Latest Monthly Assessment -
Drought is expected to persist through May where it exists from the Rockies westward to the Pacific Ocean, with some areas of
intensification possible. Confidence is particularly high in California and, to a lesser extent, other parts of the Southwest and
West Coast, where mid- to late spring is one of the drier times of the year. In contrast, drought removal is likely in south
Florida, where rainfall is increasing climatologically, and forecasts on most time scales favor wetter than normal weather. In
between these two regions, the outlook for the Plains states and western Great Lakes region is less certain. May is one of the
wetter months in most of the region, generally bringing 10 to 20 percent of annual rainfall. In addition, outlooks for at least the
first half of the month lean wet throughout the region. But one month of above-normal precipitation during one of the wetter times
of year is not necessarily enough to bring substantial drought relief. Improvement and removal seem most likely in the southern
Plains, where there has been a wet pattern recently, forecasts for early May have consistently indicated moderate to heavy rain,
and the May Monthly Outlook calls for enchanced chances of above-normal rainfall. Farther north, improvement seems less likely,
with less consistent indications of heavy precipitation through mid-May across the north-central Great Plains. Since the revised
monthly outlook indicates a tilt in the odds towards below-median precipitaiton across the Upper Mississippi Valley, persistence is
favored for this region. Persistence is most likely for In Hawaii, the odds somewhat favor wetter than normal, but this is a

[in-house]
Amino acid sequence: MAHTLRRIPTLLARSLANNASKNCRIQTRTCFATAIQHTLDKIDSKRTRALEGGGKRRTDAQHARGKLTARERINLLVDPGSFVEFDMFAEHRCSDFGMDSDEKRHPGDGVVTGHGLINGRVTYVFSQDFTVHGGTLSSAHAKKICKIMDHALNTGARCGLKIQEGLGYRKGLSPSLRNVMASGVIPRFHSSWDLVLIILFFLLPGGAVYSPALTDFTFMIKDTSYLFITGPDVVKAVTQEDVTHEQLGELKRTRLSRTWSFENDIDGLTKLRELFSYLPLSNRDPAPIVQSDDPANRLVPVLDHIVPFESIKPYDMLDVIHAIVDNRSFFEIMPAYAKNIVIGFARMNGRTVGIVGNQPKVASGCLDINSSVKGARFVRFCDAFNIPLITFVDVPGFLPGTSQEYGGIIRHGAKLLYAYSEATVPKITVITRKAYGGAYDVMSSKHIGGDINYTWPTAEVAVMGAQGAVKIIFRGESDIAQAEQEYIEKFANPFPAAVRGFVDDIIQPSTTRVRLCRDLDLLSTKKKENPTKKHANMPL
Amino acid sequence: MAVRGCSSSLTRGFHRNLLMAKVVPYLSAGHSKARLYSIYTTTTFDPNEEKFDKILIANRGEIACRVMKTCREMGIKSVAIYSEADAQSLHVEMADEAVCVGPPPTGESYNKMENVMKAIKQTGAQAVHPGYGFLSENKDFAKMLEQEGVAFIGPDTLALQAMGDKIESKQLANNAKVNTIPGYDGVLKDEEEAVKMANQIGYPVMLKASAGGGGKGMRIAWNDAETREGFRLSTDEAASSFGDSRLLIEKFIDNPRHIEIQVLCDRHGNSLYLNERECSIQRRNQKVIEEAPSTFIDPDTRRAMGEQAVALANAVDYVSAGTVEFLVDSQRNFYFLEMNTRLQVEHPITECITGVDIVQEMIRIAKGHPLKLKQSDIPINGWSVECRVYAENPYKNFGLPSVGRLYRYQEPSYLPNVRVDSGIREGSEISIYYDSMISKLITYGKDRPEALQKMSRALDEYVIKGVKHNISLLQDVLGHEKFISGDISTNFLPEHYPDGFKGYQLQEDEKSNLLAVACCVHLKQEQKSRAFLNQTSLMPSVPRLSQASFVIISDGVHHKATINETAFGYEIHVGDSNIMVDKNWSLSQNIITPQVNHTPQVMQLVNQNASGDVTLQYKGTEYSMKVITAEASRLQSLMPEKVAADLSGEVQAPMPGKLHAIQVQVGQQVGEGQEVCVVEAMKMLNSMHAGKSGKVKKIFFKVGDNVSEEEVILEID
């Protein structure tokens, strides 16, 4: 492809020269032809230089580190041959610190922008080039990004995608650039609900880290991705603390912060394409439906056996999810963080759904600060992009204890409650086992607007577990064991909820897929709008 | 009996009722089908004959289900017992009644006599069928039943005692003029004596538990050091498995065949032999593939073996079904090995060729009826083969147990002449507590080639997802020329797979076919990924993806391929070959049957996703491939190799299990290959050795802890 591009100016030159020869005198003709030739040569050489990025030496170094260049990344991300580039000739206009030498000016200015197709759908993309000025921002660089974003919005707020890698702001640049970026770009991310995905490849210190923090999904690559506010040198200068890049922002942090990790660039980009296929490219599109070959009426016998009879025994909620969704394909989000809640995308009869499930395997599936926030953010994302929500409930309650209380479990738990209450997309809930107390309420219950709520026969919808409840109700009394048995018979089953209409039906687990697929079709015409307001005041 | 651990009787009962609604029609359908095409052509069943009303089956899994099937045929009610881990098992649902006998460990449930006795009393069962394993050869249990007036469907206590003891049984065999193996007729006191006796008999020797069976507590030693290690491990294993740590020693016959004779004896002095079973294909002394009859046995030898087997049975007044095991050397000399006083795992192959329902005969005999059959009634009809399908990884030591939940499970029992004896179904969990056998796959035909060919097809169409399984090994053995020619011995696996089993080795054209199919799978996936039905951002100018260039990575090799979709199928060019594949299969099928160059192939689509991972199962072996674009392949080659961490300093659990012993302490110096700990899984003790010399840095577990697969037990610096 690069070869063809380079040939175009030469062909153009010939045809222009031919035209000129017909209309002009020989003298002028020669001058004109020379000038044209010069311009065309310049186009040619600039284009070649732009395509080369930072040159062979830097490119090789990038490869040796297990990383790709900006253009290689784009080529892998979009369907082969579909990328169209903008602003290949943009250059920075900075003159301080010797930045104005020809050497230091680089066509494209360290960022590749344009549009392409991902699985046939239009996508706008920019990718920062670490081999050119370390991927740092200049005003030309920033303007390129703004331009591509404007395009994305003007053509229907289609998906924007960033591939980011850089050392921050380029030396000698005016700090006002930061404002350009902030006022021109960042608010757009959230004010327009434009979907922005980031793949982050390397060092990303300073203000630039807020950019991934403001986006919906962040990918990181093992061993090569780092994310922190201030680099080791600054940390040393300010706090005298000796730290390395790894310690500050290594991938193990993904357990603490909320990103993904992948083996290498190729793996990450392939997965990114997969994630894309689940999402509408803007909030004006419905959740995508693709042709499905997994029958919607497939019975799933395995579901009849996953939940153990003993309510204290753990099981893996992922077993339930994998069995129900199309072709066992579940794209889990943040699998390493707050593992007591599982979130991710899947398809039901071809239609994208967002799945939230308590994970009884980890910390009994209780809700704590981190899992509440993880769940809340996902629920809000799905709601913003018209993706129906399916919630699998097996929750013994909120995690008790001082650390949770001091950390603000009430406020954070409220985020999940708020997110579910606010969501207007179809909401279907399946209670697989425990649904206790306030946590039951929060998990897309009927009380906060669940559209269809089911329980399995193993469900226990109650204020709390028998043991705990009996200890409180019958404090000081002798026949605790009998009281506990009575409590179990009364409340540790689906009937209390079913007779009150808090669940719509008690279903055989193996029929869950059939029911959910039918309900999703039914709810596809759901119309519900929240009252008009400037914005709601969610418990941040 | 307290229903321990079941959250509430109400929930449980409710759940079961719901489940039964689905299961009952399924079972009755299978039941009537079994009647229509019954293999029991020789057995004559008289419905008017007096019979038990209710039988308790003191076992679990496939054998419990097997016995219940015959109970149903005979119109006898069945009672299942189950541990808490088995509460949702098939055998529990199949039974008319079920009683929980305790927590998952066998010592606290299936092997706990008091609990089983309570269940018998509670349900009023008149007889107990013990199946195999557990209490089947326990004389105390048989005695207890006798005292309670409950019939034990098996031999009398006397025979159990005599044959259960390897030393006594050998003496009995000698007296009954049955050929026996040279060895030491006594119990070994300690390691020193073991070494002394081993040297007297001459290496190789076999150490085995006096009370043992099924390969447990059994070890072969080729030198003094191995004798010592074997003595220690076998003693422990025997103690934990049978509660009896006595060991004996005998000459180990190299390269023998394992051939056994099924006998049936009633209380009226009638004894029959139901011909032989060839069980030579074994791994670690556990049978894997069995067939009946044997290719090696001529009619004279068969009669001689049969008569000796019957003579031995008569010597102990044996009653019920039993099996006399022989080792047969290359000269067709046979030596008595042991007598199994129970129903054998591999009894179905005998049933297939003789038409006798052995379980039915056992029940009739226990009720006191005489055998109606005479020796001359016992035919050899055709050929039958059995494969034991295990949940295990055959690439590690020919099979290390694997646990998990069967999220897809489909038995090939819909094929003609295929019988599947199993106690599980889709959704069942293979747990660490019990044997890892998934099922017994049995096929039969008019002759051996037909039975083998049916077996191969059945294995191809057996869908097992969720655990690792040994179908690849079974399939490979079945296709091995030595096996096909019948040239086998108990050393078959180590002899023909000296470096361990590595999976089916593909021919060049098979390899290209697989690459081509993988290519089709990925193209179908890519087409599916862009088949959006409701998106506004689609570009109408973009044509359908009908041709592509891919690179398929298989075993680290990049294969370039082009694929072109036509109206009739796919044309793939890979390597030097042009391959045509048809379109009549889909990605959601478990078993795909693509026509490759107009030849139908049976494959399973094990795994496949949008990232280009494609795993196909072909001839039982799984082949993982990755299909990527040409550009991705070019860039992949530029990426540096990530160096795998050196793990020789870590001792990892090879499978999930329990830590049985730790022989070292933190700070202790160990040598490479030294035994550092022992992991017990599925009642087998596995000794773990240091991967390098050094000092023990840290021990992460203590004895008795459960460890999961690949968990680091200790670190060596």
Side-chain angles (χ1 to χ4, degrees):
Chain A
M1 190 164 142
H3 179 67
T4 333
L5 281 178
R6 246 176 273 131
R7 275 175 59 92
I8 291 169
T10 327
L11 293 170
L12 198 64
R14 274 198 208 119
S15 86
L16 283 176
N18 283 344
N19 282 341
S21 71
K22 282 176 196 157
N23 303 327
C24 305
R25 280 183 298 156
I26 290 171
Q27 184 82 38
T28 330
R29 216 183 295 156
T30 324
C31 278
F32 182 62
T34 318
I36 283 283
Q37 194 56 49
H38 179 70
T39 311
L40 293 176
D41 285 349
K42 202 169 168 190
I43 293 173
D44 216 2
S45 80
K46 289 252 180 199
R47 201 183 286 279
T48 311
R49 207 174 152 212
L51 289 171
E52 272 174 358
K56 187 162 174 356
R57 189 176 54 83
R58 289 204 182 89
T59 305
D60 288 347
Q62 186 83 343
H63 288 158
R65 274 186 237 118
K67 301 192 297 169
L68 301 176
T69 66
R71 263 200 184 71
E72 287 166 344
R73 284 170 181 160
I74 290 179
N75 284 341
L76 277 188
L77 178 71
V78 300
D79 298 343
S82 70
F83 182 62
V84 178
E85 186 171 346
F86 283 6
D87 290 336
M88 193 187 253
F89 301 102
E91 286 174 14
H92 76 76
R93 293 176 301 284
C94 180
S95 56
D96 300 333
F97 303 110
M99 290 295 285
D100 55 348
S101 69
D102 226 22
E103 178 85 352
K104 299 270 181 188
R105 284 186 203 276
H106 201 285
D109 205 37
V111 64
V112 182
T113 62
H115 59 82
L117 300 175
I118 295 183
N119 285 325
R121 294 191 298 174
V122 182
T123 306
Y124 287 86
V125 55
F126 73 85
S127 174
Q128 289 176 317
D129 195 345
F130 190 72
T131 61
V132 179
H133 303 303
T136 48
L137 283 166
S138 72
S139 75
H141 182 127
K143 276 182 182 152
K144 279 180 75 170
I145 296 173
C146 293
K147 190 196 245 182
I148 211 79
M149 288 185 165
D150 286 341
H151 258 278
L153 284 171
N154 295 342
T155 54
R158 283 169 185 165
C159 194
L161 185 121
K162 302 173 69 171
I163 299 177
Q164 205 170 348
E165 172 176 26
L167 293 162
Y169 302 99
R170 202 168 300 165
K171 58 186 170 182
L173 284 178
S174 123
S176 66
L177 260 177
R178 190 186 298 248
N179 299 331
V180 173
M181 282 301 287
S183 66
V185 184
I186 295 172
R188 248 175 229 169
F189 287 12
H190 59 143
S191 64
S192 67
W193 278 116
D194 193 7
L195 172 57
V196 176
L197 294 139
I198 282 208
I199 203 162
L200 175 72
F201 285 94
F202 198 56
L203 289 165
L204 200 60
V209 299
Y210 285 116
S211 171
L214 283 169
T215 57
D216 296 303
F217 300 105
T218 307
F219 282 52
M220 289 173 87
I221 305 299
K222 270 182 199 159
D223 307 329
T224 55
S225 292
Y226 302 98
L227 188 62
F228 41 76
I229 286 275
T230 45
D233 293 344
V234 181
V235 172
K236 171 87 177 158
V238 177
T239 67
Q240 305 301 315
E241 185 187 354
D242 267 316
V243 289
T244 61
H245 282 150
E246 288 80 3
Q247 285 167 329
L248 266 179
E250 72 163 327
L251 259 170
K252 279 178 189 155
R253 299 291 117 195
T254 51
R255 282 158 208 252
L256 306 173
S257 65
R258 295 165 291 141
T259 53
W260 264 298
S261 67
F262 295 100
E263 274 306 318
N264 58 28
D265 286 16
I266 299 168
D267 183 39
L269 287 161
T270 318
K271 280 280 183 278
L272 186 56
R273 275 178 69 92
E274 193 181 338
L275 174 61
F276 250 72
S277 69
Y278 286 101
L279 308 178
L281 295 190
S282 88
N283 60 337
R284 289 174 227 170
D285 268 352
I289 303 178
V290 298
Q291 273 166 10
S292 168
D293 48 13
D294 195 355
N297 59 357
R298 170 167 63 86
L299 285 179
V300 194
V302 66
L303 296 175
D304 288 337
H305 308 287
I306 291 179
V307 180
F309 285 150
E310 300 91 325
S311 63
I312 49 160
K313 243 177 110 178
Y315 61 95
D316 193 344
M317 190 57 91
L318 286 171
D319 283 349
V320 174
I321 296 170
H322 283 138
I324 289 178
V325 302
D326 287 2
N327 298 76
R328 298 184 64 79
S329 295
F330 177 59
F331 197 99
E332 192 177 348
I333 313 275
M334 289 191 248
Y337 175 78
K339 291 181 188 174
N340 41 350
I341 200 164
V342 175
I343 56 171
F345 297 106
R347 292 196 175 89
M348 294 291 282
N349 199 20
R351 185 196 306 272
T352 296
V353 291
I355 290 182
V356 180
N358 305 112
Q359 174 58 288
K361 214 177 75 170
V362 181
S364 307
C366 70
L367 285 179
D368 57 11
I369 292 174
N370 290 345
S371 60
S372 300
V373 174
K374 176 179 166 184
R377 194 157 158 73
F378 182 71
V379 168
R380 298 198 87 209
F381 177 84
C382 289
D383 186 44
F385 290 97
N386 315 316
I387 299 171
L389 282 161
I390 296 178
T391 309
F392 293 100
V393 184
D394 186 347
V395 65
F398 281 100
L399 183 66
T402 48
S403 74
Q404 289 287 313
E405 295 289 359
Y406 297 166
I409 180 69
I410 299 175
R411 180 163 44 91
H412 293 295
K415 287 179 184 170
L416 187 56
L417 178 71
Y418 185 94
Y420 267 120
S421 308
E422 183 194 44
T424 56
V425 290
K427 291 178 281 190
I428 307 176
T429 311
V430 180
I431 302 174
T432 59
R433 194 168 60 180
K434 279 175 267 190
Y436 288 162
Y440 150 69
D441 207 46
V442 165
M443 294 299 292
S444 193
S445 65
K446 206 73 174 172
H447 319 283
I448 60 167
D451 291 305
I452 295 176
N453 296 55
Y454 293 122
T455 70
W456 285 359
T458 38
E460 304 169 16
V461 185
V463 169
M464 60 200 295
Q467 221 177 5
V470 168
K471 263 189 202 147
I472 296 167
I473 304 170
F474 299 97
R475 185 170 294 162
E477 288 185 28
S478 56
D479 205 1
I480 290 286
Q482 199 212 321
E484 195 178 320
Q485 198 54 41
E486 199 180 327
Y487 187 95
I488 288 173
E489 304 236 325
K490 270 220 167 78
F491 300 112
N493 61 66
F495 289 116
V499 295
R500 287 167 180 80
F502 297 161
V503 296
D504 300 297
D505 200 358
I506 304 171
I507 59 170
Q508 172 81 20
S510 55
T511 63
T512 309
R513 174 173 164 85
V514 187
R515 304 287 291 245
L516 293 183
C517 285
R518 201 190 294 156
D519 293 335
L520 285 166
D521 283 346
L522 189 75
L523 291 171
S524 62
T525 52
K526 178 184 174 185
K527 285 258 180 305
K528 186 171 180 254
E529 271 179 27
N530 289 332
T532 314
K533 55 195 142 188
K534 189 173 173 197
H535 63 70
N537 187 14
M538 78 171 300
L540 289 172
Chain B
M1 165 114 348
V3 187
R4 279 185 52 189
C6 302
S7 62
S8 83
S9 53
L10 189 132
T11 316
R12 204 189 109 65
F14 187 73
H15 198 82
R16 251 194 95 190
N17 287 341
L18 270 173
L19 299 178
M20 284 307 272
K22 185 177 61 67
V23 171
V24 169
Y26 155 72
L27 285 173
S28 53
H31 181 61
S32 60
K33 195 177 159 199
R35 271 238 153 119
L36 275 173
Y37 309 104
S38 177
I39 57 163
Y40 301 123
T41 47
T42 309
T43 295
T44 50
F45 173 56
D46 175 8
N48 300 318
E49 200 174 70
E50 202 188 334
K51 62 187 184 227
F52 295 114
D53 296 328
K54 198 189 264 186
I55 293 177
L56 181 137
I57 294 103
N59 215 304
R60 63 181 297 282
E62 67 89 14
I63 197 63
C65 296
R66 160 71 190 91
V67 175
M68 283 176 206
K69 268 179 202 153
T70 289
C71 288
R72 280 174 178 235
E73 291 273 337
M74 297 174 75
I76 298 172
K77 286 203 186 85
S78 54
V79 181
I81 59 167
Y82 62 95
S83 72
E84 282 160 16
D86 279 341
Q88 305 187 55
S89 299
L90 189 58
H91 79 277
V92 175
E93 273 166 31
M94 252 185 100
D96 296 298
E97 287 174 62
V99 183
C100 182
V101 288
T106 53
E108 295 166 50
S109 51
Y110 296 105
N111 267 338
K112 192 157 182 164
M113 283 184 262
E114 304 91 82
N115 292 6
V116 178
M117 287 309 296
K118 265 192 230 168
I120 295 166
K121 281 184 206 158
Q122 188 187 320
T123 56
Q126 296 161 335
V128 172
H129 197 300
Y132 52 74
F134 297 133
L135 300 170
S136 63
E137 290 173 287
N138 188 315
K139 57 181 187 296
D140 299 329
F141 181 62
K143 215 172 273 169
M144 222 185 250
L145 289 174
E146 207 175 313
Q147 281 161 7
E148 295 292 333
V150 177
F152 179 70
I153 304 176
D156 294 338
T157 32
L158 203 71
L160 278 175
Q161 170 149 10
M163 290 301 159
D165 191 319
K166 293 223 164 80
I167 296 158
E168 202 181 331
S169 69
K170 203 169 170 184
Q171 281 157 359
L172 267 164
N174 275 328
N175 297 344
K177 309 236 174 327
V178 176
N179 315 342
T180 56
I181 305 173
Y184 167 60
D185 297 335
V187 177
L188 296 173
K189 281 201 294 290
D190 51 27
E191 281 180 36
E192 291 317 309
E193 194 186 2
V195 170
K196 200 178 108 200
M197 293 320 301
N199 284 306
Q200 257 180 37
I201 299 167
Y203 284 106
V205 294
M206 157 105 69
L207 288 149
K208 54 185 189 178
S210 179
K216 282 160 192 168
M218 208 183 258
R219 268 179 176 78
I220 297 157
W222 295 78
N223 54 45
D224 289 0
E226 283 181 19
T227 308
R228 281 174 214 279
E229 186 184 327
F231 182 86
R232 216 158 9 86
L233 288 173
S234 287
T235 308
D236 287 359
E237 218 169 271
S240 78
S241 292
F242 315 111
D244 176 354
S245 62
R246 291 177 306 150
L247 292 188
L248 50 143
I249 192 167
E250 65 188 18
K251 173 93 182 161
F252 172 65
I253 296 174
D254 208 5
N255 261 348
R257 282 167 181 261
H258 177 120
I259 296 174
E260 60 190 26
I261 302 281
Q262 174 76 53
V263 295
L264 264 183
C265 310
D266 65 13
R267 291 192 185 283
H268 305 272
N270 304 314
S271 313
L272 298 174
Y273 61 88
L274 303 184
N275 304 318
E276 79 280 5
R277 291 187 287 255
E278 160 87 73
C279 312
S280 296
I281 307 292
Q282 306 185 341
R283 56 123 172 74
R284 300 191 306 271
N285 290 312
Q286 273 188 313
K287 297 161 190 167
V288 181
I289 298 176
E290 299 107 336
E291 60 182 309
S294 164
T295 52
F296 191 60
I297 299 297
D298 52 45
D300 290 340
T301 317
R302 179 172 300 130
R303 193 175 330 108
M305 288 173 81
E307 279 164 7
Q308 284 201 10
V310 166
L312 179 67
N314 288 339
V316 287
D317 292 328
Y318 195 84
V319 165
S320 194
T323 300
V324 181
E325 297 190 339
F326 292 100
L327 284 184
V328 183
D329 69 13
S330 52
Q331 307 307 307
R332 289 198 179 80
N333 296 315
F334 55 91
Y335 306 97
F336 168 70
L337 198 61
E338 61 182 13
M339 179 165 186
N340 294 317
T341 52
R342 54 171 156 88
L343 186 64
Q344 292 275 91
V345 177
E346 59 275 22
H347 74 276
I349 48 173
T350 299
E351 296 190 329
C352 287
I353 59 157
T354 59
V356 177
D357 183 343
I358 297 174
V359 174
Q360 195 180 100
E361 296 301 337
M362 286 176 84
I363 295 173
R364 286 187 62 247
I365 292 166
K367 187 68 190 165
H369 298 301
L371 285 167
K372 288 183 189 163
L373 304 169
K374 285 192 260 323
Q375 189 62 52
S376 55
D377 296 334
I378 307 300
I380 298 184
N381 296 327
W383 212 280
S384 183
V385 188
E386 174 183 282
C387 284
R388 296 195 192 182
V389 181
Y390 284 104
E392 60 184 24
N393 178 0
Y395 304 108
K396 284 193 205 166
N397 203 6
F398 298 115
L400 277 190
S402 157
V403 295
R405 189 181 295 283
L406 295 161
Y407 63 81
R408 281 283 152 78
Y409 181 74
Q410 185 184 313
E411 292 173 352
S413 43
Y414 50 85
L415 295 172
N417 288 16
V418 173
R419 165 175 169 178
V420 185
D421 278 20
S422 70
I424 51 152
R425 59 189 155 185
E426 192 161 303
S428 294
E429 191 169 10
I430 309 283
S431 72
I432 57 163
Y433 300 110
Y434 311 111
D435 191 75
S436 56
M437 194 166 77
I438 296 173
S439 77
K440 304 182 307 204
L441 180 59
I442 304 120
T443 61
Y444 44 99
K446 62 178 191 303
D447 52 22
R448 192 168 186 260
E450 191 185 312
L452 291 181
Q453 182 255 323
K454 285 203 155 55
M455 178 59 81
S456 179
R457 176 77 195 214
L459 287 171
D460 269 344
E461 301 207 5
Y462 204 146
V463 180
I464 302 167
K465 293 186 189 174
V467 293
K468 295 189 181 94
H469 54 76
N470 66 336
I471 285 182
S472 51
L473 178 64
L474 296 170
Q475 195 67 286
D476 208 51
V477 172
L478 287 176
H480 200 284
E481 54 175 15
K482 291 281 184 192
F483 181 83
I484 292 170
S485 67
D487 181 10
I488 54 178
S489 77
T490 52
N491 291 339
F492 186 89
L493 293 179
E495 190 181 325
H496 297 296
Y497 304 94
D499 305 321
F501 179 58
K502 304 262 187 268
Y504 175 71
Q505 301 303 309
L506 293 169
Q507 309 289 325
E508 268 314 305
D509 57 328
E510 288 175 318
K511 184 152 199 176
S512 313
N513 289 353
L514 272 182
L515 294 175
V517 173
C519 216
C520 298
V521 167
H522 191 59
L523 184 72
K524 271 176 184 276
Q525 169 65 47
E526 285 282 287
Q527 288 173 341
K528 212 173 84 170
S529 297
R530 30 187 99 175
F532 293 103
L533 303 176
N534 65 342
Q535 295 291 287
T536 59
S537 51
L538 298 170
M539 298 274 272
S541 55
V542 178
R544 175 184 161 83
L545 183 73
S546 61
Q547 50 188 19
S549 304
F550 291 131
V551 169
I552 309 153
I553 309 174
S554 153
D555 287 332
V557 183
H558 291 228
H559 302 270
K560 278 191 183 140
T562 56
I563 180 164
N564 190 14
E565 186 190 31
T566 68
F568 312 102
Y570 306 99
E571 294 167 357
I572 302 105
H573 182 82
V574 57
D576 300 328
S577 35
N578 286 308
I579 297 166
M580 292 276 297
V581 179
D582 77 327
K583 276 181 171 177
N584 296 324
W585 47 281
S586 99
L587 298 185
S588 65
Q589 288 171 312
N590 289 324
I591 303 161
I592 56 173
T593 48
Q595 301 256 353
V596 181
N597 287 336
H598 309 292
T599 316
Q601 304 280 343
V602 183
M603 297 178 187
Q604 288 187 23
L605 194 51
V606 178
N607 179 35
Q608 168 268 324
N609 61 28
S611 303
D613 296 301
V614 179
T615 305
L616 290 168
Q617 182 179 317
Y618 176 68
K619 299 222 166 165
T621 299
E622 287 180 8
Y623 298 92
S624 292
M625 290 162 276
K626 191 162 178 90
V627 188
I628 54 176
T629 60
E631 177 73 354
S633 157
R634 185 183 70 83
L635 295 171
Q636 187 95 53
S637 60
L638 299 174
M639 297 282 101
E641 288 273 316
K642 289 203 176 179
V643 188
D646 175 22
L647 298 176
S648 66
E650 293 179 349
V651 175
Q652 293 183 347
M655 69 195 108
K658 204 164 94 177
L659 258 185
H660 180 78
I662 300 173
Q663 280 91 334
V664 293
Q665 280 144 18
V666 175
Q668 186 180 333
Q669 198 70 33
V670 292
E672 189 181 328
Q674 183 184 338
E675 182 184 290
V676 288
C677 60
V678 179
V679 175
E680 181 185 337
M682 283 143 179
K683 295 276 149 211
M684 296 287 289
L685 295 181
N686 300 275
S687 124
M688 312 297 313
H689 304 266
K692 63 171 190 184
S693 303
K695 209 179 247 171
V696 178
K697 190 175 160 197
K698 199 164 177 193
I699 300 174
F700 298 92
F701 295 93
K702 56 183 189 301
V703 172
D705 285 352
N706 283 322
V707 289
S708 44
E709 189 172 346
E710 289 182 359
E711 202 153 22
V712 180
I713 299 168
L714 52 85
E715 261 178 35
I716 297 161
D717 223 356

relatively dry time of year, so no change in drought conditions is anticipated. It should be noted that abnormally dry conditions
cover parts of the Northeast, and should May start out drier than normal, some areas of drought could develop. However, odds do not
favor significantly less precipitation than normal, and no development is forecast at this time. In Puerto Rico, current D0 areas in
eastern sections, along with recent dry and hot weather and odds tilted toward subnormal May rainfall (delayed start to summer
rains), point toward development of drought (D1).
Tools used in the U.S. Monthly Drought Outlook (MDO) included the official Climate Prediction Center (CPC)
updated temperature and precipitation outlooks for May 2015, various short- and medium-range forecasts and models such as
the 7-day precipitation totals from the Weather Prediction Center (WPC), the 6-10 day and 8-14 day CPC forecasts, week 3 and
4 experimental outlooks, the NAEFS precipitation outlooks, dynamical models (CFSv2), the 384-hour total precipitation
forecasts from several runs of the GFS, climatology, the latest official Drought Monitor analysis (released on April 30),
observed precipitation during the previous month, and initial conditions.
Drought removal is likely by the end of May in southern Florida. Forecasts on all time scales favor wetter than normal
weather, and climatologically rainfall increases during the month.
Forecast confidence for southern Florida is high.
In the western Great Lakes region and the central and northern Plains (from roughly the Oklahoma/Kansas border northward),
drought is forecast to persist or intensify, but confidence is low. May is one of the wettest times of the year in this
region, bringing 10 to 20 percent of the annual precipitation total on average. However, there is uncertainty in the extent